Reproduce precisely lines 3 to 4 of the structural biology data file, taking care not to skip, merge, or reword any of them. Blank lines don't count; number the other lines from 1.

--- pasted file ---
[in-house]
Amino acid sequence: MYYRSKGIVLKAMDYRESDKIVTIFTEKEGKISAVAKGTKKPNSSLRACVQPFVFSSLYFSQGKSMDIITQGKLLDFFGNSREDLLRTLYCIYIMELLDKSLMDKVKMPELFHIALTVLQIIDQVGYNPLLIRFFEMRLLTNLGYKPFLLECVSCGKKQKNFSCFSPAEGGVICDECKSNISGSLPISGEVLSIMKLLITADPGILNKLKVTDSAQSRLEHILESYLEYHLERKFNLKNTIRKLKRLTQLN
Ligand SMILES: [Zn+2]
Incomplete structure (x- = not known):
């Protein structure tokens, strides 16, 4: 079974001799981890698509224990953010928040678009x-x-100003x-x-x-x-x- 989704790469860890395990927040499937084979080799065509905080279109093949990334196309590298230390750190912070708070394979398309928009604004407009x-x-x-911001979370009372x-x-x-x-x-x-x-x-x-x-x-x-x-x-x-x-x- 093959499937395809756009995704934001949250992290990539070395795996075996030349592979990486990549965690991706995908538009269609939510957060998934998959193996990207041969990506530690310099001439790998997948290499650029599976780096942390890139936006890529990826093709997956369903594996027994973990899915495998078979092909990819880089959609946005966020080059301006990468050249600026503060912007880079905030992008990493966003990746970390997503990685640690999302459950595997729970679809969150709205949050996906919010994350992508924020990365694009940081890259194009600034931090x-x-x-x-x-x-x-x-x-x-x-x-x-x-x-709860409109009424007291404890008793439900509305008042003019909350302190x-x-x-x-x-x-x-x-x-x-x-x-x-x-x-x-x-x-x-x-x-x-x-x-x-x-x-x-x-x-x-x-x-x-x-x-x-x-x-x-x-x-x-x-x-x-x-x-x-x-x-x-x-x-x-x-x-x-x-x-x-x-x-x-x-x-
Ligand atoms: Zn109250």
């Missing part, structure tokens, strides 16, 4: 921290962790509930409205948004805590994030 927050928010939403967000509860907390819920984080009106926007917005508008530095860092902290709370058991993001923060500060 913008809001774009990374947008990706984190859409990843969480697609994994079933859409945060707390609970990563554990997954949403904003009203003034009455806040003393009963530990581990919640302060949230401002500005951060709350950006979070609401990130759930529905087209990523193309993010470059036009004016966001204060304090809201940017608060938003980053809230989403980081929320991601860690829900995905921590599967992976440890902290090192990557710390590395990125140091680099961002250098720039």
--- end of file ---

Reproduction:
Ligand SMILES: [Zn+2]
Incomplete structure (x- = not known):